Why think ahead and why practice?

Today’s news contains an article with several lessons in it for the Armed Private Citizen.

Police: Man outside Walmart shot [his gun] in self-defense

The lessons cut across an array of topics relevant to Personal Protection. Let’s use the CAN/MAY/SHOULD/MUST paradigm as a basis for the discussion.

First, let’s think about the CAN (personal ability) issue.

The patron then pulled out his own gun and fired one shot toward the Jeep.

There was no evidence the shot hit the Jeep when officers found it, Peters said, so it’s unclear where the bullet went.

One of the concepts in military engagements is “Big sky, little bullet.” This means that when firing artillery at the enemy, if friendly aircraft happen to be within the zone being fired into, the danger of incidentally hitting a friendly is small. That’s not a concept we, as responsible citizens, can afford to indulge in. Rather, we need, and I emphasize need, to think:

Every errant round is headed directly toward a busload of nuns, orphans, and Special Needs children being followed by a limousine full of personal injury attorneys on a conference call with the District Attorney.

The essential problem is that when we practice, we live in a 180 degree world. That is to say, everything forward of our firing point is a relatively safe backstop. Even then, we have to be aware of not shooting into the ceiling, overhead lights, etc. Once we leave the range almost nothing is a safe backstop, i.e., it’s a 360 degree world. The only safe backstop is a violent criminal’s body. This distinction can easily be forgotten if we don’t think about it in advance. The results can be tragic, as they were in the Bonney Lake shooting. It resulted in eight years prison time for the shooter.

Think about the shooter’s inability to hit a target as large as a car at close range. This kind of failure is an example of how important it is to get your gun in the eye-target line and use the sights. While point shooting has its place in our skillset, that place is confined to stationary targets within touching distance. Beyond that distance, we have to use the sights.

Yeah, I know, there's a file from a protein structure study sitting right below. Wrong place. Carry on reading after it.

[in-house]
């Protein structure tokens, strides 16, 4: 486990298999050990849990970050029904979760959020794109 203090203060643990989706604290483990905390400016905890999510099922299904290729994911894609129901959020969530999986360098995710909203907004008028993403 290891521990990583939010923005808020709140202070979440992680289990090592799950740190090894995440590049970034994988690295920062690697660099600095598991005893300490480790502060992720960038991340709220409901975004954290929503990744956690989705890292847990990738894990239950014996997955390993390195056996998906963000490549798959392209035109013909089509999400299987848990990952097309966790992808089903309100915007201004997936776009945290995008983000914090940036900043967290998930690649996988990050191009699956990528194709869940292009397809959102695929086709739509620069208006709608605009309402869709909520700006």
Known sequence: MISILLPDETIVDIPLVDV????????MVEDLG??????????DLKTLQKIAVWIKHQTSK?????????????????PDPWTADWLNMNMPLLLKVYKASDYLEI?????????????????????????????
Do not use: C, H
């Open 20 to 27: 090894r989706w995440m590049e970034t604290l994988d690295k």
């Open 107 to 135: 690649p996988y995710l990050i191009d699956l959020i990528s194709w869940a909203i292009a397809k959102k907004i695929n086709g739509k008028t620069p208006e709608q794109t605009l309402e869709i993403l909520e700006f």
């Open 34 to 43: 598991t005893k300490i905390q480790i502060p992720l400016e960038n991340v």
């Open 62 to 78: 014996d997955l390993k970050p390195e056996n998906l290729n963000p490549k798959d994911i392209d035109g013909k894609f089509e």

Here’s a drill that can be done at any range having a minimum shooting distance of no more than five yards. For those who want to gauge how effective point shooting is, cover your sights with masking tape and shoot the drill from a High Compressed Ready. Then take the tape off, use the sights while shooting a second run, and look at the difference.

4 inch circles with aiming points

Next, let’s consider the MAY (legal) aspect. The person who interjected himself into this situation almost certainly had no legal authority to do so. While the concept of ‘Citizen’s Arrest’ exists in most States, its legal and appropriate usage is extremely narrow. Stopping shoplifters is not an appropriate usage. Every confrontation carries with it an Element of Chance and the possibility of escalation. For an Armed Private Citizen, it means at least one firearm has been introduced into the clash. The presence of a firearm implies that Deadly Force may either be threatened or actually used. This is inappropriate in situations involving only personal property. When it’s someone else’s property, the inappropriateness level goes off the scale.

That brings us to the SHOULD part of the paradigm. It has several related applications in this incident.

The first application is that we should consider whether others even want us sticking our noses in their affairs. As previously mentioned, the introduction of a firearm as part of a confrontation means Deadly Force may be threatened or used. Do you think WalMart, the largest retailer in the world, with a Gross 2017 Profit of $124,617,000 wants you to use Deadly Force against someone in their parking lot for $100 worth of WalMart’s groceries? I think not. A very smart retired cop friend says, “Tend to your own business.” That’s excellent advice.